Enhance and test your Google Search knowledge

I’ve never counted, but, at a conservative estimate, I probably use Google Search at least a couple of hundred times every day. Unfortunately, like most things that are so habitual, I’ve gotten into a rut when searching and, rather than using the most appropriate query to find exactly what I want, I usually search in the same way I did last time, and the time before that. Yes, I do sometimes remember to put quotes round an exact phrase I’m looking for, or restrict pages to only those updated in the last year but that’s about the extent of my efforts.

Of course, it doesn’t have to be that way. Google Search has an incredibly rich query language – dozens of options let you filter and refine your searches. Some of these options are tucked away behind rarely used menu items while others, like searching for number ranges, require the use of operators. Even those that appear prominently displayed in the sidebar can have unexpectedly powerful uses as I discovered today while viewing the lessons for the first class in a tutorial from Google entitled “Power Searching with Google”.

Launched earlier today this free, six class series looks certain to provide an great introduction to making the most of Google search. Between now and the 23rd of July a combination of video tutorials, activities, Google+ Hangouts with search experts and discussion forums will provide an immersive learning experience. I found the first class, presented by Google Senior Research Scientist Daniel M. Russell, to be excellent – Dan is a relaxed and confident presenter who clearly knows his subject and how to make it accessible. The material is clearly presented and the production values are high.

The whole of the first class took me about and hour including watching the videos (+/- 35minutes) and completing the activities. Being the first class, there wasn’t much that was new to me but, even as a refresher, it’s well worth the effort. Hopefully this will be the first of many such ventures from Google.

The classes can be taken any time to suit your schedule and the videos will continue to be available after the course ends on the 23rd of July. Only the mid-class and post-class assessments won’t be available after that time.

 

Once you’ve completed the course, why not test your new skills with the Smarterer Google Search test?

A word of warning though, there are a few tough questions in there…

 

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Flashcards for Google Chrome Shortcuts now available from Github.com

The set of flashcards I created for Google Chrome Keyboard Shortcuts on the Mac are now available to download from GitHub. Four versions of the cards are available – tilde-delimited, tab-delimited, Excel spreadsheet and Mental Case study exchange. These should allow you to import the cards into almost any Flashcard application.

In addition, I have also uploaded the cards to two more websites – FlashcardMachine.com and the excellent StudyBlue.com. This means that they are now available, free of charge, from:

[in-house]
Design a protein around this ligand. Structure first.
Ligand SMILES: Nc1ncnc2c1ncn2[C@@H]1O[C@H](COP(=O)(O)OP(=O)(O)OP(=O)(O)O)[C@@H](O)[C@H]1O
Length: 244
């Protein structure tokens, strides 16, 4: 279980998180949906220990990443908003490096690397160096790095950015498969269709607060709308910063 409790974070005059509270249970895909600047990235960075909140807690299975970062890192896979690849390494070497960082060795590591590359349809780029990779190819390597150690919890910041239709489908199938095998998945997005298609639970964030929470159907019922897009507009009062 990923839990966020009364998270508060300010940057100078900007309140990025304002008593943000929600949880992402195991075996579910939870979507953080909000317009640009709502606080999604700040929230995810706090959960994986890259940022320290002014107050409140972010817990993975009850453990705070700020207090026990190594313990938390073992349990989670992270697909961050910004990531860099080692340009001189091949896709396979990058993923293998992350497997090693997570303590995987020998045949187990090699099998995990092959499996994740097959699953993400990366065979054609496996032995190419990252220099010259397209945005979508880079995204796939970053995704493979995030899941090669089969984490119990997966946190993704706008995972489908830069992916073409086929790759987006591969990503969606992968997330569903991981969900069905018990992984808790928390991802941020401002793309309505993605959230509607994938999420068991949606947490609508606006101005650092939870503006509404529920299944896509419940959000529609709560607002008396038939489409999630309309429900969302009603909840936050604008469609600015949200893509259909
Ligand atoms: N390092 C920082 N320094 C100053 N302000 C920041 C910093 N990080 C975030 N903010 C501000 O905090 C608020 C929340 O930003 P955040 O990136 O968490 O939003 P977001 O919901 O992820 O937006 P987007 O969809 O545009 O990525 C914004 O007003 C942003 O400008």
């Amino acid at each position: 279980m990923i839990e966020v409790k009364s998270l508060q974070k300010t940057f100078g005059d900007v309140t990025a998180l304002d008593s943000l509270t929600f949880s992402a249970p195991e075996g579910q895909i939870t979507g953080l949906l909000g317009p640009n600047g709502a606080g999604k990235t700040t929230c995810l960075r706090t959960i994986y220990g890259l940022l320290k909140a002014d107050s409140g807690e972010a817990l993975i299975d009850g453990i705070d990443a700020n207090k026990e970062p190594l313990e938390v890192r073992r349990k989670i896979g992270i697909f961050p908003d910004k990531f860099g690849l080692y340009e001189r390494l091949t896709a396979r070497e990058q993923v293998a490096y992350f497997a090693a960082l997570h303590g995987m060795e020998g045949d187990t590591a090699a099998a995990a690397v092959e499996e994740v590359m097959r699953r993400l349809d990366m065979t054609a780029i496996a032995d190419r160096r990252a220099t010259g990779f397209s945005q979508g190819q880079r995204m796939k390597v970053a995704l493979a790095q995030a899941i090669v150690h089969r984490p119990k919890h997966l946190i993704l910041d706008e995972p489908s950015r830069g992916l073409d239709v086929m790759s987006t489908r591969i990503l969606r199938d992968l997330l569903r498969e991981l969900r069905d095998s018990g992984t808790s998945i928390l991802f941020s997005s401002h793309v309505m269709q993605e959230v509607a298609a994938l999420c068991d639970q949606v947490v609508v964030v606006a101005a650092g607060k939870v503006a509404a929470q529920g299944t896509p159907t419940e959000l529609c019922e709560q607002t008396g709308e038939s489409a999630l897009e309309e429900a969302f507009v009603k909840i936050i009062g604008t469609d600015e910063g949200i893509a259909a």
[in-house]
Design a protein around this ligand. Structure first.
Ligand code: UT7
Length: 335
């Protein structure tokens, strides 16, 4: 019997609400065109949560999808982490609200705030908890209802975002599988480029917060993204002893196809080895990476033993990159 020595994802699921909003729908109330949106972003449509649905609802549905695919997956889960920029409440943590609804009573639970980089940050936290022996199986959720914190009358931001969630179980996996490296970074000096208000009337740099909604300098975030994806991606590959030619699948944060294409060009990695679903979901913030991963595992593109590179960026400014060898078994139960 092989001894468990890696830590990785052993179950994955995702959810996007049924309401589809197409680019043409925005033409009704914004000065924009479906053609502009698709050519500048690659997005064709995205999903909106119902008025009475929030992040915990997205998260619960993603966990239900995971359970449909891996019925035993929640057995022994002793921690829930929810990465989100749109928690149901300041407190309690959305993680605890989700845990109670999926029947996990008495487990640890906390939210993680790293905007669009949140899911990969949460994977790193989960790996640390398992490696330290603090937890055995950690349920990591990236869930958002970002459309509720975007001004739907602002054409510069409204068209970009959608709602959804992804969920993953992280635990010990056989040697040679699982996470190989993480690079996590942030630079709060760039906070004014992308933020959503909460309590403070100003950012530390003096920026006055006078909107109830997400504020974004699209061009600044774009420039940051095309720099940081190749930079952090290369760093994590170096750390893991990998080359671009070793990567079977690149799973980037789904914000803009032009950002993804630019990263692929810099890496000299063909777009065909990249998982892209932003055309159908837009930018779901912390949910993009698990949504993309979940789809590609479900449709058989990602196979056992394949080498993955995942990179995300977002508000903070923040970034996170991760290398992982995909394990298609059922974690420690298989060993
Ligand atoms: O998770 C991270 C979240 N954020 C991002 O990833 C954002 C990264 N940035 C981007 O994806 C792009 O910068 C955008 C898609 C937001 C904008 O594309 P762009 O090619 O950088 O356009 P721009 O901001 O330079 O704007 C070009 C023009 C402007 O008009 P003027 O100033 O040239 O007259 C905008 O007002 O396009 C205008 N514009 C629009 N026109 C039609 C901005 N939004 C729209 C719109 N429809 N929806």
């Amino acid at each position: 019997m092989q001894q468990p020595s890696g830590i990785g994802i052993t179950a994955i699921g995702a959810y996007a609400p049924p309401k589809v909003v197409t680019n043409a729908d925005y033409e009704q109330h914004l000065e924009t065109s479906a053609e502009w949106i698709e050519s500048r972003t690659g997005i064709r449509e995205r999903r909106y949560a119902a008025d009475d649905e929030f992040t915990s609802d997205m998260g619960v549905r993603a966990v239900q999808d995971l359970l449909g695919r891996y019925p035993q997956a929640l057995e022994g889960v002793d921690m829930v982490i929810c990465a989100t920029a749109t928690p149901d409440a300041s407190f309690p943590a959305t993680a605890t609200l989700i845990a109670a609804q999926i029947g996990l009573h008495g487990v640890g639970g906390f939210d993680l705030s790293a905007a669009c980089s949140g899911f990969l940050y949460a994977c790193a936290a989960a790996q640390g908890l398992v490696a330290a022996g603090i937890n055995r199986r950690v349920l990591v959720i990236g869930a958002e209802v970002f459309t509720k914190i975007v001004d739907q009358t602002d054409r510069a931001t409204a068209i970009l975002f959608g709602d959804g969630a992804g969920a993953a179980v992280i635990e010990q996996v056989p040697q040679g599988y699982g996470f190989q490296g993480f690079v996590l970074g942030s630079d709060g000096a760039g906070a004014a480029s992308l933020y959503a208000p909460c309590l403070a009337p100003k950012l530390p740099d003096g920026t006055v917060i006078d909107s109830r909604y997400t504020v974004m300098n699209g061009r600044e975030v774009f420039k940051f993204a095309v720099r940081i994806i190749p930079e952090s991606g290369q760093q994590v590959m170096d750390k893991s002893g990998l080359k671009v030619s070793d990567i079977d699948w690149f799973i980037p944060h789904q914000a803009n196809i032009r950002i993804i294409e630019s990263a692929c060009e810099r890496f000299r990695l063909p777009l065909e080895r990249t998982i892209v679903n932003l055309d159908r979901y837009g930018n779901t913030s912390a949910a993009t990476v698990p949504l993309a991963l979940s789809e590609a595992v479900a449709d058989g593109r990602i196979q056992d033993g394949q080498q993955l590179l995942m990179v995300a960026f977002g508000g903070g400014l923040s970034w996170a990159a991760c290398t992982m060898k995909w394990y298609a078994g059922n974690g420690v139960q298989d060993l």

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Flashcards for Google Chrome Keyboard Shortcuts

Despite the many advances in learning techniques we’ve seen over the last decade sometimes all that’s required is repetition and lots of it. It’s then that the use of Flashcards comes into its own.

If you tried your luck with the Smarterer.com test I posted about yesterday and found your knowledge wanting then a new set of Flashcards I have created to help you prepare for the test might prove useful. These 40 questions and answer cards match the content and wording of the questions presented in the test.

You can use the cards online or download them for free into your favourite desktop or smartphone app (I use Mental Case on both Mac and iPhone). Then, all that you need is practice, practice, practice.

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Test your Google Chrome knowledge at Smarterer.com

Smarterer is a great way to test and authenticate your (mainly) computer skills with timed online quizzes. Tests are crowdsourced and regularly updated to ensure their relevance – they aren’t going to replace your Microsoft MCSE certification but for new, fast changing or specialised subjects such as jQuery, Twitter, Google Search, etc. they can be an excellent way to appraise and highlight your skill set.

On completion of a test you’ll be awarded a badge showing your achievement level that you can add to your website or resumé. You also have your own URL that shows all your awards (thankfully you can also hide those you’ve scored badly on). I’ve found most of the tests I’ve taken so far to be of a fairly high standard and both challenging and relevant enough to provide an accurate assessment of my skill level.

If you use the Google Chrome browser on Mac OSX you might like to test your knowledge of its keyboard shortcuts with a new Smarterer test I created earlier today.
There are 40 questions altogether though you may not see them all at first as the questions shown, the order they’re shown in and the points awarded are all determined by algorithm not by the test creator. If you do well on this test I think you can be confident you know your way around Chrome.

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If you take the test I’d love to hear your feedback.

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